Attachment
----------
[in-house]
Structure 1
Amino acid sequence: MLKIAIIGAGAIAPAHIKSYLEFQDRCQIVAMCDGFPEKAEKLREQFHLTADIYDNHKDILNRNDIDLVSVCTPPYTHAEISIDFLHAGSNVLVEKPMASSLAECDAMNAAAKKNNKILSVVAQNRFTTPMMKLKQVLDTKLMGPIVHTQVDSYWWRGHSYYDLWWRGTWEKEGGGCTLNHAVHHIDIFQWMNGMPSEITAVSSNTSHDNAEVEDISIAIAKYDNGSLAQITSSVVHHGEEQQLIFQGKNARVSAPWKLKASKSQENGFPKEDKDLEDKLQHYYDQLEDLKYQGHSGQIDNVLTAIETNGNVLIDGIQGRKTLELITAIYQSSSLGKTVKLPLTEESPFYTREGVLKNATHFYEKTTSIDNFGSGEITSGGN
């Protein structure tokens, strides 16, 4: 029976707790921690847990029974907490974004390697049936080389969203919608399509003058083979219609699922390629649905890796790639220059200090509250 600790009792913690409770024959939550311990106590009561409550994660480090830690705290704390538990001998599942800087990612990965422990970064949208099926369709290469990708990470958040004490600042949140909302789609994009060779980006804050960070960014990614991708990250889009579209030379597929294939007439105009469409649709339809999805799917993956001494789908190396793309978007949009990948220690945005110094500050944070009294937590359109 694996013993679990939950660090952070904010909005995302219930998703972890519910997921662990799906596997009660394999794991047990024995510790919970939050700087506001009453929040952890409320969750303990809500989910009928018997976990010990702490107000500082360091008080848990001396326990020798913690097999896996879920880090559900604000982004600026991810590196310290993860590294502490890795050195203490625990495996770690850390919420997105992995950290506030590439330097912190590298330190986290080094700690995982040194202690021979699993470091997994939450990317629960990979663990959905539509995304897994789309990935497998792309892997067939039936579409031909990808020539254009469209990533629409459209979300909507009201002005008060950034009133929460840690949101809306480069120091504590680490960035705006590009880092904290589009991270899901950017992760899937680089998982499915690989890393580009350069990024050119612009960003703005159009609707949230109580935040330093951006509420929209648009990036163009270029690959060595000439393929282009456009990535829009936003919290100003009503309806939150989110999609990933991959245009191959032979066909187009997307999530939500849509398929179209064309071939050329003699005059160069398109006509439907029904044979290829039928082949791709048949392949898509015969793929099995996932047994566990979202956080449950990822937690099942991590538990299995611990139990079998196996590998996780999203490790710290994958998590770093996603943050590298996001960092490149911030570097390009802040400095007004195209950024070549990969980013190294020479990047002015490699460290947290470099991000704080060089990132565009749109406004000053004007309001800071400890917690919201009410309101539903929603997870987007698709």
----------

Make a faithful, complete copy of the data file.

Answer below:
[in-house]
Structure 1
Amino acid sequence: MLKIAIIGAGAIAPAHIKSYLEFQDRCQIVAMCDGFPEKAEKLREQFHLTADIYDNHKDILNRNDIDLVSVCTPPYTHAEISIDFLHAGSNVLVEKPMASSLAECDAMNAAAKKNNKILSVVAQNRFTTPMMKLKQVLDTKLMGPIVHTQVDSYWWRGHSYYDLWWRGTWEKEGGGCTLNHAVHHIDIFQWMNGMPSEITAVSSNTSHDNAEVEDISIAIAKYDNGSLAQITSSVVHHGEEQQLIFQGKNARVSAPWKLKASKSQENGFPKEDKDLEDKLQHYYDQLEDLKYQGHSGQIDNVLTAIETNGNVLIDGIQGRKTLELITAIYQSSSLGKTVKLPLTEESPFYTREGVLKNATHFYEKTTSIDNFGSGEITSGGN
């Protein structure tokens, strides 16, 4: 029976707790921690847990029974907490974004390697049936080389969203919608399509003058083979219609699922390629649905890796790639220059200090509250 600790009792913690409770024959939550311990106590009561409550994660480090830690705290704390538990001998599942800087990612990965422990970064949208099926369709290469990708990470958040004490600042949140909302789609994009060779980006804050960070960014990614991708990250889009579209030379597929294939007439105009469409649709339809999805799917993956001494789908190396793309978007949009990948220690945005110094500050944070009294937590359109 694996013993679990939950660090952070904010909005995302219930998703972890519910997921662990799906596997009660394999794991047990024995510790919970939050700087506001009453929040952890409320969750303990809500989910009928018997976990010990702490107000500082360091008080848990001396326990020798913690097999896996879920880090559900604000982004600026991810590196310290993860590294502490890795050195203490625990495996770690850390919420997105992995950290506030590439330097912190590298330190986290080094700690995982040194202690021979699993470091997994939450990317629960990979663990959905539509995304897994789309990935497998792309892997067939039936579409031909990808020539254009469209990533629409459209979300909507009201002005008060950034009133929460840690949101809306480069120091504590680490960035705006590009880092904290589009991270899901950017992760899937680089998982499915690989890393580009350069990024050119612009960003703005159009609707949230109580935040330093951006509420929209648009990036163009270029690959060595000439393929282009456009990535829009936003919290100003009503309806939150989110999609990933991959245009191959032979066909187009997307999530939500849509398929179209064309071939050329003699005059160069398109006509439907029904044979290829039928082949791709048949392949898509015969793929099995996932047994566990979202956080449950990822937690099942991590538990299995611990139990079998196996590998996780999203490790710290994958998590770093996603943050590298996001960092490149911030570097390009802040400095007004195209950024070549990969980013190294020479990047002015490699460290947290470099991000704080060089990132565009749109406004000053004007309001800071400890917690919201009410309101539903929603997870987007698709």